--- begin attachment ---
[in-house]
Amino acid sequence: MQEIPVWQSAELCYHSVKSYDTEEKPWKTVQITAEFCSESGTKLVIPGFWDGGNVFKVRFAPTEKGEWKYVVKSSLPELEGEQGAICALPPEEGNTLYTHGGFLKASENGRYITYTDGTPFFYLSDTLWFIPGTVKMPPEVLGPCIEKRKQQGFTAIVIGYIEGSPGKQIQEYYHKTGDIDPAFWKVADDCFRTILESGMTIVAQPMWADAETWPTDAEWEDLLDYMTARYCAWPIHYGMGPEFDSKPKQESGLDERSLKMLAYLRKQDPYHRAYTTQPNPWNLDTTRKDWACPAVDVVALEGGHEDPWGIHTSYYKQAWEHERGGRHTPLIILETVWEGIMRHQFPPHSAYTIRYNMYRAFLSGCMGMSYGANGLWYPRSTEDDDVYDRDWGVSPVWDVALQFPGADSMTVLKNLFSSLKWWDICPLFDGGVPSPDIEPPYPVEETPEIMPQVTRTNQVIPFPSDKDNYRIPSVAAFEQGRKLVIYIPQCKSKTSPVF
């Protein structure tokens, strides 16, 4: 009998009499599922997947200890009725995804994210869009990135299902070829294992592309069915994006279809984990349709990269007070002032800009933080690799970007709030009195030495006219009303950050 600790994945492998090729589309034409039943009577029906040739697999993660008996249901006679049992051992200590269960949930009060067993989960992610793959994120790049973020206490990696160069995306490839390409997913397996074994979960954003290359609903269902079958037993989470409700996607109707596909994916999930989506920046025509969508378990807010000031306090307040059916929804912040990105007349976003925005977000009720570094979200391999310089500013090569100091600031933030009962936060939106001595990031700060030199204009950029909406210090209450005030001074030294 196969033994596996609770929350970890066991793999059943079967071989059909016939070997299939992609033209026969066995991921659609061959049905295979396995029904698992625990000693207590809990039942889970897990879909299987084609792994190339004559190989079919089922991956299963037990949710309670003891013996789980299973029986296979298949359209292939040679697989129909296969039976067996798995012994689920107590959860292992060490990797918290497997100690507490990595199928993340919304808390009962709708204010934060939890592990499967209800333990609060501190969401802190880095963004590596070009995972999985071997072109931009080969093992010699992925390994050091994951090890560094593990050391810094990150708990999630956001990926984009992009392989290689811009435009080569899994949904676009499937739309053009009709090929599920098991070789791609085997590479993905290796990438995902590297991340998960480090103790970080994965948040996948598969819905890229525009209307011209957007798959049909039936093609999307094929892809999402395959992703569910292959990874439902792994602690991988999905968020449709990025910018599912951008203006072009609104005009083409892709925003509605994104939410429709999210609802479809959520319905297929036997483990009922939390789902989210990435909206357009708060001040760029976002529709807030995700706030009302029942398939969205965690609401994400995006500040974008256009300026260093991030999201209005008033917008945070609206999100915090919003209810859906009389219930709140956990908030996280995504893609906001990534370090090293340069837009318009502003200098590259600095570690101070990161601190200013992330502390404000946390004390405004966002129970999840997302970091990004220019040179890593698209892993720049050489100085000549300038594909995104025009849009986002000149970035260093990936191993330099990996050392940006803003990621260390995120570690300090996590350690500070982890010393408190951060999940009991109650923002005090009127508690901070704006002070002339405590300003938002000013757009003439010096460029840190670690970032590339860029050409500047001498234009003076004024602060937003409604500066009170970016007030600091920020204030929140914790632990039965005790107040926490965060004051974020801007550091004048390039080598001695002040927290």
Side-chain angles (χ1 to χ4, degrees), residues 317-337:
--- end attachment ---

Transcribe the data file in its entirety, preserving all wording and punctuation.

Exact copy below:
[in-house]
Amino acid sequence: MQEIPVWQSAELCYHSVKSYDTEEKPWKTVQITAEFCSESGTKLVIPGFWDGGNVFKVRFAPTEKGEWKYVVKSSLPELEGEQGAICALPPEEGNTLYTHGGFLKASENGRYITYTDGTPFFYLSDTLWFIPGTVKMPPEVLGPCIEKRKQQGFTAIVIGYIEGSPGKQIQEYYHKTGDIDPAFWKVADDCFRTILESGMTIVAQPMWADAETWPTDAEWEDLLDYMTARYCAWPIHYGMGPEFDSKPKQESGLDERSLKMLAYLRKQDPYHRAYTTQPNPWNLDTTRKDWACPAVDVVALEGGHEDPWGIHTSYYKQAWEHERGGRHTPLIILETVWEGIMRHQFPPHSAYTIRYNMYRAFLSGCMGMSYGANGLWYPRSTEDDDVYDRDWGVSPVWDVALQFPGADSMTVLKNLFSSLKWWDICPLFDGGVPSPDIEPPYPVEETPEIMPQVTRTNQVIPFPSDKDNYRIPSVAAFEQGRKLVIYIPQCKSKTSPVF
């Protein structure tokens, strides 16, 4: 009998009499599922997947200890009725995804994210869009990135299902070829294992592309069915994006279809984990349709990269007070002032800009933080690799970007709030009195030495006219009303950050 600790994945492998090729589309034409039943009577029906040739697999993660008996249901006679049992051992200590269960949930009060067993989960992610793959994120790049973020206490990696160069995306490839390409997913397996074994979960954003290359609903269902079958037993989470409700996607109707596909994916999930989506920046025509969508378990807010000031306090307040059916929804912040990105007349976003925005977000009720570094979200391999310089500013090569100091600031933030009962936060939106001595990031700060030199204009950029909406210090209450005030001074030294 196969033994596996609770929350970890066991793999059943079967071989059909016939070997299939992609033209026969066995991921659609061959049905295979396995029904698992625990000693207590809990039942889970897990879909299987084609792994190339004559190989079919089922991956299963037990949710309670003891013996789980299973029986296979298949359209292939040679697989129909296969039976067996798995012994689920107590959860292992060490990797918290497997100690507490990595199928993340919304808390009962709708204010934060939890592990499967209800333990609060501190969401802190880095963004590596070009995972999985071997072109931009080969093992010699992925390994050091994951090890560094593990050391810094990150708990999630956001990926984009992009392989290689811009435009080569899994949904676009499937739309053009009709090929599920098991070789791609085997590479993905290796990438995902590297991340998960480090103790970080994965948040996948598969819905890229525009209307011209957007798959049909039936093609999307094929892809999402395959992703569910292959990874439902792994602690991988999905968020449709990025910018599912951008203006072009609104005009083409892709925003509605994104939410429709999210609802479809959520319905297929036997483990009922939390789902989210990435909206357009708060001040760029976002529709807030995700706030009302029942398939969205965690609401994400995006500040974008256009300026260093991030999201209005008033917008945070609206999100915090919003209810859906009389219930709140956990908030996280995504893609906001990534370090090293340069837009318009502003200098590259600095570690101070990161601190200013992330502390404000946390004390405004966002129970999840997302970091990004220019040179890593698209892993720049050489100085000549300038594909995104025009849009986002000149970035260093990936191993330099990996050392940006803003990621260390995120570690300090996590350690500070982890010393408190951060999940009991109650923002005090009127508690901070704006002070002339405590300003938002000013757009003439010096460029840190670690970032590339860029050409500047001498234009003076004024602060937003409604500066009170970016007030600091920020204030929140914790632990039965005790107040926490965060004051974020801007550091004048390039080598001695002040927290």
Side-chain angles (χ1 to χ4, degrees), residues 317-337: